I was very surprised to see Seattle Weekly condoning the theft of copyrights in the Jay Ruttenberg article [CD-R Go!, "The World Isn't Fair," Nov. 9]. I wonder if you would give the same space to me so that I can propose that we steal articles from your Web site and others to make up our own online newspaper?
No! I didn't think so, but it's OK to steal music copyrights, is it?
Manager, the Undertones
Velvet and Valium
So glad to see someone blowing John Cale's horn [CD-R Go!, "Six Degrees of John Cale," Nov. 2]. And glad to see Laura Cassidy highlight something from Paris 1919, which was a hugely influential album for me. Of the records he made in the 1970s, Vintage Violence, Slow Dazzle, and Guts seem to get the most attention. For my money, Paris 1919 and Fear are both much better records, and both were records that I listened to over and over and over again in the early 1980s, especially Paris 1919. That record is like vinyl Valium. Honi Soit is also an interesting record, not as consistent as the other two I mentioned, but worth buying even just for the lead-off track, "Dead or Alive," which is brilliant.
Lou is still my favorite Velvet, but I've probably listened to Paris 1919 more times than I've listened to all my Velvet Underground and Lou Reed records put together.
"The Super Flood" [Oct. 19] presents a dire picture of lahar hazards from Mount Rainier. Such hazards are indeed serious, but not as catastrophic as author Frank Parchman portrays. Consider the following facts about Mount Rainier lahars:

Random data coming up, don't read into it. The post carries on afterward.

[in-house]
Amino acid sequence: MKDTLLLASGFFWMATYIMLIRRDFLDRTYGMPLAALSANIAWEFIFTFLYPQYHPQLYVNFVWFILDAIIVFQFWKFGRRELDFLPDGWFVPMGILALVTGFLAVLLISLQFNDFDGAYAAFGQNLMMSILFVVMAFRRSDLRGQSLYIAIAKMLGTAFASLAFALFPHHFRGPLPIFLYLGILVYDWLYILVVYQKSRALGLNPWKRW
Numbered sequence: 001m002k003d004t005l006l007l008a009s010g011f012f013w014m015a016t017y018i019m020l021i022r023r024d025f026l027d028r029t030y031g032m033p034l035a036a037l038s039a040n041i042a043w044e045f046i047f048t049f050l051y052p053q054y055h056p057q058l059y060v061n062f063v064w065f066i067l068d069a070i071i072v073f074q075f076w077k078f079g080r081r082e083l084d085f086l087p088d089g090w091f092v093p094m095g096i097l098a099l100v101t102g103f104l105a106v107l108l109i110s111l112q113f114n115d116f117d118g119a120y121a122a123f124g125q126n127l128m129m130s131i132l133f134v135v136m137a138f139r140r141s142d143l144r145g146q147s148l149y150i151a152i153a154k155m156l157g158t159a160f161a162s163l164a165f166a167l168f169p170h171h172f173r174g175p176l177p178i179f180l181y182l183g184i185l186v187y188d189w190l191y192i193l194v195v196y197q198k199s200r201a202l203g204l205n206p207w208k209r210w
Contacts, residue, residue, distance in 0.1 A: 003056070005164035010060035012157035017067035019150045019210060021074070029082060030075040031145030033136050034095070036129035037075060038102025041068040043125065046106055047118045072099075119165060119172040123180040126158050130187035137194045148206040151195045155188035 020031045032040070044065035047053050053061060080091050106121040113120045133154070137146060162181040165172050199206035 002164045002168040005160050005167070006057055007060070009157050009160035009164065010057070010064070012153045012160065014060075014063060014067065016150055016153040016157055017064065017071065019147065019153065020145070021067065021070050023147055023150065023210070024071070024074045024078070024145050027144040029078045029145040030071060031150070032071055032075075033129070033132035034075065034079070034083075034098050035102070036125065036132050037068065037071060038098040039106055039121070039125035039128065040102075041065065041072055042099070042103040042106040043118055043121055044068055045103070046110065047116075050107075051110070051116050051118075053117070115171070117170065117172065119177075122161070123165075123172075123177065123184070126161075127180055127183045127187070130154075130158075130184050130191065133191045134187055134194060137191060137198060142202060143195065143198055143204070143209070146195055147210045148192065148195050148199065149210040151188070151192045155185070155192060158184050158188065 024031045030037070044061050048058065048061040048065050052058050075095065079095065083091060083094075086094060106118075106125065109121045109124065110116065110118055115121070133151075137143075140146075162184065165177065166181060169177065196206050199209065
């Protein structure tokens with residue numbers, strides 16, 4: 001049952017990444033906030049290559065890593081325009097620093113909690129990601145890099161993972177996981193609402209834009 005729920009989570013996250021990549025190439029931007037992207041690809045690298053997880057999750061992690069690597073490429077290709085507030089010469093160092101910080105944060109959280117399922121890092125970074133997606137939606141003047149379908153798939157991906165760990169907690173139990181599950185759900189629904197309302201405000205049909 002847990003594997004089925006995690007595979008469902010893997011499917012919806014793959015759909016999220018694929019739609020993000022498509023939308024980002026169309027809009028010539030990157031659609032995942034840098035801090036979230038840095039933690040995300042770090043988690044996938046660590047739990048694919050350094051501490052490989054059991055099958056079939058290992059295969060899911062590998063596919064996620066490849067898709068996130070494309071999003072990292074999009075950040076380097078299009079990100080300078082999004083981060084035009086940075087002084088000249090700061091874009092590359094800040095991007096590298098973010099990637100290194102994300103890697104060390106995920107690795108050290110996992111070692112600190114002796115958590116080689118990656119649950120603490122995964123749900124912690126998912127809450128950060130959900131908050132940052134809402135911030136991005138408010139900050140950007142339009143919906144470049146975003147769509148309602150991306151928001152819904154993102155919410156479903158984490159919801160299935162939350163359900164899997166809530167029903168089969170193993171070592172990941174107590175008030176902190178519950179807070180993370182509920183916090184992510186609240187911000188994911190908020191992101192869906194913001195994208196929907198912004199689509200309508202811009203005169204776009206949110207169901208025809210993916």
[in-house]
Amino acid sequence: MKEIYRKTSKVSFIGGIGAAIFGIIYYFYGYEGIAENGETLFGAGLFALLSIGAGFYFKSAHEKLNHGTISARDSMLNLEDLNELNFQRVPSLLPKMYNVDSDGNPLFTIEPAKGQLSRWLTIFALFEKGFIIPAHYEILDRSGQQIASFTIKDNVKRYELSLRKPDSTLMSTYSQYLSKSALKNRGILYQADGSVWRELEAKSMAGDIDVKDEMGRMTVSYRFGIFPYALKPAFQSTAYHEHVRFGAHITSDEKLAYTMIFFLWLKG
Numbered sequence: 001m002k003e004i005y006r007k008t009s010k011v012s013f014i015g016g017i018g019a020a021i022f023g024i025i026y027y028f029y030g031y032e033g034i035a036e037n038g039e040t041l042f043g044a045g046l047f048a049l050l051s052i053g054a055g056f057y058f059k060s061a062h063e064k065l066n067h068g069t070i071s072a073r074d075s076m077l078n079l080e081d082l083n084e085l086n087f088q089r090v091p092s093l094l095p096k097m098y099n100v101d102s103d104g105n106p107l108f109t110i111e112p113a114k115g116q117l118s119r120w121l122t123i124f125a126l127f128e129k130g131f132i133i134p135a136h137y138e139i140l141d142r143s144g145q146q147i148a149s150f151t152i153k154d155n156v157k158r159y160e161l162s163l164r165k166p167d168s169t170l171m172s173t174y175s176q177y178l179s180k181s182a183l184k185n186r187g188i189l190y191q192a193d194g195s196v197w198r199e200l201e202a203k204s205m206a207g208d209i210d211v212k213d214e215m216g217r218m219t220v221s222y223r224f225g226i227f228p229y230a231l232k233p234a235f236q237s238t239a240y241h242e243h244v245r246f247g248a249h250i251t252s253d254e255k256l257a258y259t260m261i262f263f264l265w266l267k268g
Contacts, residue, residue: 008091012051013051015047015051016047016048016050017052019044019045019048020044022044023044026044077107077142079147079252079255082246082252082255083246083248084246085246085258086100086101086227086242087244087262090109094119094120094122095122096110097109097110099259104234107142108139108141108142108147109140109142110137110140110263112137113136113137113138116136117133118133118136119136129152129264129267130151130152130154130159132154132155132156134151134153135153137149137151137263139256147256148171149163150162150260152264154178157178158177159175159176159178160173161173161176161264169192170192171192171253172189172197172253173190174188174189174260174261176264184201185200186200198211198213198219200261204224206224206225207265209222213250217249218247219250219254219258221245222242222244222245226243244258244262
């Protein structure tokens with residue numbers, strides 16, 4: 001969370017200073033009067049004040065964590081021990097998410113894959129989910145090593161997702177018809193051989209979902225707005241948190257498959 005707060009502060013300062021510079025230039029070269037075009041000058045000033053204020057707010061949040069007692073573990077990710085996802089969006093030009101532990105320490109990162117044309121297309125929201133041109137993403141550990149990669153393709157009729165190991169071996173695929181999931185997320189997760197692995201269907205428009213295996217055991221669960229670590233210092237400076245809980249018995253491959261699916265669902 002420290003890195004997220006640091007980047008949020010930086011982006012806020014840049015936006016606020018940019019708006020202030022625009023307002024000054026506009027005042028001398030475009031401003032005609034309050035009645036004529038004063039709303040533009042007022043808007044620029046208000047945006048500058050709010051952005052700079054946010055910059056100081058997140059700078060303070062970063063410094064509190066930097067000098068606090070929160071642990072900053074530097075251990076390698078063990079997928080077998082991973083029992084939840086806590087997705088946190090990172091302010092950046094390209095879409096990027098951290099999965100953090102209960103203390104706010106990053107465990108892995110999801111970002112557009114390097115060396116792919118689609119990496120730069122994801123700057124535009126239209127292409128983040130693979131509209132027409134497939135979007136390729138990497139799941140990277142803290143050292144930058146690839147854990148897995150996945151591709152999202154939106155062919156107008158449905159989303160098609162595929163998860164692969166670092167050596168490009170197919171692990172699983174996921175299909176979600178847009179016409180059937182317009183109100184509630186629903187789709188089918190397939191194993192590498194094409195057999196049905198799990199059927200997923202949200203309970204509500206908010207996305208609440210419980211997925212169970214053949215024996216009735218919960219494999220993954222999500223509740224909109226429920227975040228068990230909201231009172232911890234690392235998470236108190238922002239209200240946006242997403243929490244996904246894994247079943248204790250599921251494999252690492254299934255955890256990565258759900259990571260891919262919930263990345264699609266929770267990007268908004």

Of some 60 lahars in the past 10,000 years, almost all occurred during eruptive periods. Eruptions give precursory warnings of days to months, so lahars triggered by eruptions can be anticipated.
The gigantic Osceola Mudflow was 20 times larger than any other lahar since the Ice Age and was clearly triggered by an eruption. A key condition that led to the Osceola, extensive weakening of rocks in the summit and core of the volcano, no longer exists. Such a huge lahar is improbable now.
Only the west side of the volcano remains susceptible to a lahar caused by avalanching of weakened rocks, which means such lahars threaten only the Puyallup and Nisqually valleys—not Seattle.
Only one of the large lahars caused by avalanching of weakened rock remains uncorrelated to eruptions—the 500-year-old Electron lahar that flowed through Orting town site. Concern about its origin led to deployment of the Puyallup Valley lahar-warning system.